African American children have a higher death rate from diabetes than any of their peers. For perspective, these fatality rates are more than three times higher than Hispanic children and two times higher than white children.
According to a report released in the May 19 issue of Morbidity and Mortality Weekly Report, these death rates are non-proportional due to differences in healthcare access and disease management across the nation.
Researchers from the National Center for Chronic Disease Prevention and Health Promotion and the Division of Diabetes Translation analyzed the data of children who died from complications of diabetes between 2000 and 2014. The team, led by Dr. Sharon Saydah, found that there were significant racial disparities all across the board for the entirety of the 14 years.
Between 2000 and 2002, the mortality rate ratio for African-Americans vs. whites was 2.36:1, and for blacks vs. Hispanics it was 3.69:1. Then, between 2012 and 2014, the ratios were 2.22 and 3.36 respectively.
The researchers say that some possible explanations for mortality rate disparities” “could include differences in access to health care, health services, diabetes self- and parent-management education, and diabetes care,” Medscape reports. However, the researchers are quick to point out that they haven’t found any relevant financial relationships between minorities with diabetes and white children with diabetes.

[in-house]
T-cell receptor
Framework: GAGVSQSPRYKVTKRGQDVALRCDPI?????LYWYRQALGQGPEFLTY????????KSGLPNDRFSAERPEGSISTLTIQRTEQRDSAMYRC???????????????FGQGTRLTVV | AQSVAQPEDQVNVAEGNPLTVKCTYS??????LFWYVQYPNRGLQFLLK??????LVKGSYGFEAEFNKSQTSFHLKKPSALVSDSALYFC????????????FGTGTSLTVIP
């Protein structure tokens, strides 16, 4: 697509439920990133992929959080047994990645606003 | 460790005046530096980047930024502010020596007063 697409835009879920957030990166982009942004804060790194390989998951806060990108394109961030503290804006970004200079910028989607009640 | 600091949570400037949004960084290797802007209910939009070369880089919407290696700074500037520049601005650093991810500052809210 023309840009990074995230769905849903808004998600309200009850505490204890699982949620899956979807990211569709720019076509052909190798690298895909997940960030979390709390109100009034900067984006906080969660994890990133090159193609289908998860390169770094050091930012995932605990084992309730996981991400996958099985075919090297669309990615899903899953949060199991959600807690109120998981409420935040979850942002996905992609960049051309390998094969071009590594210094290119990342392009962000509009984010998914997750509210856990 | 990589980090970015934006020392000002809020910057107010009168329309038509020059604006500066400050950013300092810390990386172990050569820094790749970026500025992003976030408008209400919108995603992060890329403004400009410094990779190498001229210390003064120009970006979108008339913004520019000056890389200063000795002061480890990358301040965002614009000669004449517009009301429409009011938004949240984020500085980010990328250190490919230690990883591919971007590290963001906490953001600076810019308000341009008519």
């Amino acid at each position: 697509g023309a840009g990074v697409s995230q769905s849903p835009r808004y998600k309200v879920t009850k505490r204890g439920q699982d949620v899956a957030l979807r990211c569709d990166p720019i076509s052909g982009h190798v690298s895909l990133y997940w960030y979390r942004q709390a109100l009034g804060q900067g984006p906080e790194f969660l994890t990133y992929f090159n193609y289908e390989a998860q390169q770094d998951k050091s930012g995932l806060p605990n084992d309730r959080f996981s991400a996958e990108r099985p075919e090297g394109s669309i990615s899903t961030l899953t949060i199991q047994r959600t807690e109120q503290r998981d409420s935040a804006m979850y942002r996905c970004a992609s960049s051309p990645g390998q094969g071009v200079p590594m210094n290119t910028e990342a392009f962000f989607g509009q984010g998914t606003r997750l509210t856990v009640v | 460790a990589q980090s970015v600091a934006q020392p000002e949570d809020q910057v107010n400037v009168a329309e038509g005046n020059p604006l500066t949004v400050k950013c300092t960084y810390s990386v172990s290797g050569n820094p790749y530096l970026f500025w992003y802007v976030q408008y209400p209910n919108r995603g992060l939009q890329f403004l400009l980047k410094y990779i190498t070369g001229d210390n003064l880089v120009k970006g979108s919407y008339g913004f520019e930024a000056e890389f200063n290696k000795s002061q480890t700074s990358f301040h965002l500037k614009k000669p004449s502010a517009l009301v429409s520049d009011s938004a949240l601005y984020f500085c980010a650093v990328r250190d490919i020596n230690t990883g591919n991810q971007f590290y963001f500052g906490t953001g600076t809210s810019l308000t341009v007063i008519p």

Diabetes causes a host of different health problems including obesity, heart disease, stroke, and obstructive sleep apnea. There are also some complications not necessarily expected, such as urinary incontinence. This is generally considered a disease that is found in seniors — as this problem increases with age from 14% in individuals aged 65-69 to 45% in those aged 85 years and over — diabetes can cause involuntary bladder problems in children as well.
Sleep apnea(OSA) is especially dangerous as well because, during an average night’s sleep, a sufferer of OSA may experience 60 apneas an hour. And considering that OSA is quite hard to diagnose, this can also be tied to lack of access to health care and adequate treatment facilities for these children.
The researchers conclude that there is a need for more studies into the racial disparity of diabetes in children to further determine its cause.
The report writes that this is, “so that targeted interventions for prevention of diabetes deaths among children and adolescents can be developed and implemented.”